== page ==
• Care of pre-school children including pre-primary education
  • National Nutrition Policy, national Plan of Action for Nutrition and National Nutrition Mission.
  • Charitable and religious endowments pertaining to subjects allocated to this Department
  • Promotion and development of voluntary effort on the subjects allocated to this Department
  • Implementation of
    • Immoral Traffic in Women and Girl Act. 1956 (as amended upto 1986) .
    • The Indecent Representation of Women (Prevention) Act, 1986 (60 of 1986).
    • The Dowry Prohibition Act. 1961 (28 of 1961)
    • The Commission of Sati (Prevention) Act, 1987 (3 of 1988), excluding the administration of criminal justice in regard to offences under these Acts.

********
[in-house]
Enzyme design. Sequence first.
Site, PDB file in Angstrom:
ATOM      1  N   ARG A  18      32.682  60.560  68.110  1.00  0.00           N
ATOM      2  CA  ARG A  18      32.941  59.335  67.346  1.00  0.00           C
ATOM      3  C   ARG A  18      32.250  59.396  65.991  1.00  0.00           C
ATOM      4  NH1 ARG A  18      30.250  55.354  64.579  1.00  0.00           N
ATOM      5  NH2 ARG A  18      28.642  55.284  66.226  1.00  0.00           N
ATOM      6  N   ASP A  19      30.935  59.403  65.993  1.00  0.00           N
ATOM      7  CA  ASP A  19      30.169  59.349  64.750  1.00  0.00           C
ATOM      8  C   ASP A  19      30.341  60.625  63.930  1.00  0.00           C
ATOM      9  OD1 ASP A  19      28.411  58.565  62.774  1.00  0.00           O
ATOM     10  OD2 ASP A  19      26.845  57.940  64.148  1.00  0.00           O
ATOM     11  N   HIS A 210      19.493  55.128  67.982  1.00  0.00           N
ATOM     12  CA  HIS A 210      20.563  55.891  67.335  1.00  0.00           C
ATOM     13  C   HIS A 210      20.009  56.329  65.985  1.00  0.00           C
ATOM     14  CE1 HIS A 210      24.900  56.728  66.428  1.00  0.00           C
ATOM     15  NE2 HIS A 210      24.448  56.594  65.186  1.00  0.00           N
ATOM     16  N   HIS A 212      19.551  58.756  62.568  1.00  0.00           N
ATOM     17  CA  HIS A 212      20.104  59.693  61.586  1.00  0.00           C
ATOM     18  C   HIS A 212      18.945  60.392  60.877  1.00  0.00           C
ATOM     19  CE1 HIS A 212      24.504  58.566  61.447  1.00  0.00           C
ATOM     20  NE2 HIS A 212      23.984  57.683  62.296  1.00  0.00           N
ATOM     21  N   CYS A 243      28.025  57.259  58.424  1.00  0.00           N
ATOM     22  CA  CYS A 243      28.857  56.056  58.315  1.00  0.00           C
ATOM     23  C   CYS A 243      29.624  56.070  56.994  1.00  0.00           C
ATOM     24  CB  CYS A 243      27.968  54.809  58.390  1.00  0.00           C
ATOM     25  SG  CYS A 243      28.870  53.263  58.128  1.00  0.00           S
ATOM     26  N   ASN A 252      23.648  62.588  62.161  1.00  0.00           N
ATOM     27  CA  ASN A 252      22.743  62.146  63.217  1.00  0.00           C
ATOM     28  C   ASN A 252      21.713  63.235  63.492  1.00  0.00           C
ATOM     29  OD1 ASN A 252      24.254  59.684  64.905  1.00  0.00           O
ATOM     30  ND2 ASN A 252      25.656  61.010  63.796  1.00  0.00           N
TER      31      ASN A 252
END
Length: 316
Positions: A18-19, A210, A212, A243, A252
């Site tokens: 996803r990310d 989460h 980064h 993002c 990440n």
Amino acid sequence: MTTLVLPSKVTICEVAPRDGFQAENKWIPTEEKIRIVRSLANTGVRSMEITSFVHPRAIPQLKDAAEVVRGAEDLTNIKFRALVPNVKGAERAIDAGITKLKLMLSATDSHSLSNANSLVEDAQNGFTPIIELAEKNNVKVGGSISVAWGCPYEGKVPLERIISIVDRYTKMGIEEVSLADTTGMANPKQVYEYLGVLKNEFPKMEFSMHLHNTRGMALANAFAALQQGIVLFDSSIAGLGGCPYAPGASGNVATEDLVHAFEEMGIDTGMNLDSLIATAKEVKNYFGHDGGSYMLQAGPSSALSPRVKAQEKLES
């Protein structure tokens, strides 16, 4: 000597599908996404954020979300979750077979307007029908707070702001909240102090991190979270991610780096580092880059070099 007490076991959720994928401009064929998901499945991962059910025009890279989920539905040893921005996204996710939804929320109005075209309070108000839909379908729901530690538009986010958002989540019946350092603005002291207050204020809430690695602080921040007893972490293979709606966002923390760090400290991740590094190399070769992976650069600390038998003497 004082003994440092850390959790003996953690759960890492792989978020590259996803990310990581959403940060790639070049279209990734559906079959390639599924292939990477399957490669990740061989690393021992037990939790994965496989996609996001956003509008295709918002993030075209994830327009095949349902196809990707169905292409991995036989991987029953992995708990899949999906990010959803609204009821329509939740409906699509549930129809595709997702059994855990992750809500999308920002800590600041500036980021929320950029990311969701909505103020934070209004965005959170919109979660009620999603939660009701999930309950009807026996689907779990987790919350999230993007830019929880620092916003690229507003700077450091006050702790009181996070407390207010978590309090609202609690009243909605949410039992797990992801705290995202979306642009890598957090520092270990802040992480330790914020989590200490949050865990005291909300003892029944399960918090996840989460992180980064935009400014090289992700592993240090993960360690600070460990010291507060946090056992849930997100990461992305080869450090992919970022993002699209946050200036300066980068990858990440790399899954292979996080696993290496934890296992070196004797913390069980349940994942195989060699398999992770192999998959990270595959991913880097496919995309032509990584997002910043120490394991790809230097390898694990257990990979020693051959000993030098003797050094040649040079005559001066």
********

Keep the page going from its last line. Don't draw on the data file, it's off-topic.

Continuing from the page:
• Implementation of the Infant Milk Substitutes, Feeding Bottles and Infant Food (Regulation of Production, Supply and Distribution) Act, 1992 (41 of 1992).
  • Coordination of activities of Cooperative for Assistance and Relief Everywhere (CARE)
  • Planning, Research, Evaluation, Monitoring, Project Formulations, Statistics and Training relating to the welfare and development of women and children, including development of gender sensitive data base.
    • United Nations Children’s Fund (UNICEF)
    • Central Social Welfare Board (CSWB)
    • National Institute of Public Cooperation and Child Development (NIPCCD)
    • Food and Nutrition Board Food and Nutrition Board (FNB)
    • Development and popularization of subsidiary and protective foods.
    • Nutrition extension.

Women’s Empowerment and Gender Equity:

  • National Commission for Women
  • Rashtriya Mahila Kosh (RMK)
  • The Juvenile Justice (Care and Protection of Children) Act, 2000 (56 of 2000)
  • Probation of Juvenile offenders
  • Issues relating to adoption, Central Adoption Resource Agency and Child Help Line (Childline)
  • The Children Act, 1960 (60 of 1960)
  • The Child Marriage – Restraint Act, 1929 (19 of 1929).